Speaking in defense of the pasture, in a spring following drought, grass roots are suffering from last growing season’s water shortage—this is the case in spite of the pastures starting to green up. To help pastures recover, grazing should be delayed by a couple weeks to let roots recover and the plant build up leaf area.

Drought weakens plant root systems, and heavy grazing on drought-stressed cool-season grasses (fescue, bromegrass, Orchardgrass) makes the situation worse. Cool-season grasses grazed heavily early in the year will lower the total forage yield, which translates directly to lower carrying capacity.
Usually the best time to begin grazing cool-season pastures is when the plants are 3 to 4 inches tall. If you start earlier than that, the subsequent yields will likely be lowered. Yet it’s a fine line: if the pastures are too wet, you might refrain from grazing until grass is 6 inches tall. But in most of Today’s Farmer country, if you wait longer than that, the pastures will rapidly “get away from you.”

Given that normal (I have the usual questions about what is “normal” weather) springs are wet, graze the best-drained areas first. Start grazing in a different pasture every year, to maintain stand persistence and control weeds.
Native warm-season pastures will be treated differently than cool-season pastures. If you have pastures of switchgrass or bluestem, the pastures should be grazed early to remove early season grasses and weeds. Getting rid of the weeds helps retain moisture and reduces competition for the warm-season species. Grazing early growth on native, warm-season pastures will not harm the warm-season grass as long as cattle finish grazing before new grass shoots get more than a couple inches tall. In northern Missouri this is the first week of May. The further south you go, the earlier this happens.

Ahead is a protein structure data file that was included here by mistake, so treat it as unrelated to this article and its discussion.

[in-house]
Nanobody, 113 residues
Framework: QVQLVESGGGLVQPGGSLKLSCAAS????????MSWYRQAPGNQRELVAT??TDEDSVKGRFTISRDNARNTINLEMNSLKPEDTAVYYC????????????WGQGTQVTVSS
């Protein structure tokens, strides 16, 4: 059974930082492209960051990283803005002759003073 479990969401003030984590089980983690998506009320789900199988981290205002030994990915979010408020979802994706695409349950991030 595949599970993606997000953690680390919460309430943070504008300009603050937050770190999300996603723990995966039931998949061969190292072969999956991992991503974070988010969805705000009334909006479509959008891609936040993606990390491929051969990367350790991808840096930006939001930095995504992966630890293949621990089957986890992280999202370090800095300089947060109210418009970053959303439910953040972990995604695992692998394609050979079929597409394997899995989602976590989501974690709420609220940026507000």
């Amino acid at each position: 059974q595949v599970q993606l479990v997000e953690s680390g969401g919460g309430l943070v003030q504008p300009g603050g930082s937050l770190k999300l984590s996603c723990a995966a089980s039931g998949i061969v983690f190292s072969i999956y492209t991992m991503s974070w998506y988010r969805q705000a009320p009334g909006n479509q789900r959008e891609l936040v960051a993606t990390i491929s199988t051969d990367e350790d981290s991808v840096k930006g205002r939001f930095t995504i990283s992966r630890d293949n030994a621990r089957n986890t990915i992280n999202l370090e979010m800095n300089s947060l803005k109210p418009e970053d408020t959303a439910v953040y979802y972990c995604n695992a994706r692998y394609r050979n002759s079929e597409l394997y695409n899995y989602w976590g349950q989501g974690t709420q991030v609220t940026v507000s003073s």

In my discussions with the MFA agronomists about when to start grazing, I jotted down the following points:
•    There is no right or wrong time. Much depends upon stand condition.
•    Many producers will be frost-seeding legumes into stressed pastures this winter. It is critically important that stressed pastures receive adequate fertility before grazing. Growers should apply their N, P and K late winter and let that take hold before aggressive grazing.
•    In areas where stands have become thin, grazing too early will stimulate weed problems. Some weeds graze well, others do not.